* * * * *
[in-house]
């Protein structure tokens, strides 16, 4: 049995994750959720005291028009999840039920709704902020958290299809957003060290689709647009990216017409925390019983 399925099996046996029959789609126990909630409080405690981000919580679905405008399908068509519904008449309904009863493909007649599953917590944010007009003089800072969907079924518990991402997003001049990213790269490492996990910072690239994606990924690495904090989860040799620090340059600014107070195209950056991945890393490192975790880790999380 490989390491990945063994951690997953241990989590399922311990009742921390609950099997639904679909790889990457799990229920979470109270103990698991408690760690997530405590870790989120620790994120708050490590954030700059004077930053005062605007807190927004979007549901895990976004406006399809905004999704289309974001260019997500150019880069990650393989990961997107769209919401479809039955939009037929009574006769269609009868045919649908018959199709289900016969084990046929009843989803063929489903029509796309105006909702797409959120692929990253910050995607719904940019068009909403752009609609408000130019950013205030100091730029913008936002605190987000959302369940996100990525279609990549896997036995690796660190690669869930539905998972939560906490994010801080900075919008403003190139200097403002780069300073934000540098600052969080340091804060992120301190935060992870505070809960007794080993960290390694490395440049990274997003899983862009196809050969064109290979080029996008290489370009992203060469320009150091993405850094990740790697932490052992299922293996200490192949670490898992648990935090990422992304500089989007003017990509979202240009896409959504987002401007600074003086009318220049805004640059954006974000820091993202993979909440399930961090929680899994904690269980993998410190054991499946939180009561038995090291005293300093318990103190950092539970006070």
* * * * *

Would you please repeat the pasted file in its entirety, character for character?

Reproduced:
[in-house]
């Protein structure tokens, strides 16, 4: 049995994750959720005291028009999840039920709704902020958290299809957003060290689709647009990216017409925390019983 399925099996046996029959789609126990909630409080405690981000919580679905405008399908068509519904008449309904009863493909007649599953917590944010007009003089800072969907079924518990991402997003001049990213790269490492996990910072690239994606990924690495904090989860040799620090340059600014107070195209950056991945890393490192975790880790999380 490989390491990945063994951690997953241990989590399922311990009742921390609950099997639904679909790889990457799990229920979470109270103990698991408690760690997530405590870790989120620790994120708050490590954030700059004077930053005062605007807190927004979007549901895990976004406006399809905004999704289309974001260019997500150019880069990650393989990961997107769209919401479809039955939009037929009574006769269609009868045919649908018959199709289900016969084990046929009843989803063929489903029509796309105006909702797409959120692929990253910050995607719904940019068009909403752009609609408000130019950013205030100091730029913008936002605190987000959302369940996100990525279609990549896997036995690796660190690669869930539905998972939560906490994010801080900075919008403003190139200097403002780069300073934000540098600052969080340091804060992120301190935060992870505070809960007794080993960290390694490395440049990274997003899983862009196809050969064109290979080029996008290489370009992203060469320009150091993405850094990740790697932490052992299922293996200490192949670490898992648990935090990422992304500089989007003017990509979202240009896409959504987002401007600074003086009318220049805004640059954006974000820091993202993979909440399930961090929680899994904690269980993998410190054991499946939180009561038995090291005293300093318990103190950092539970006070």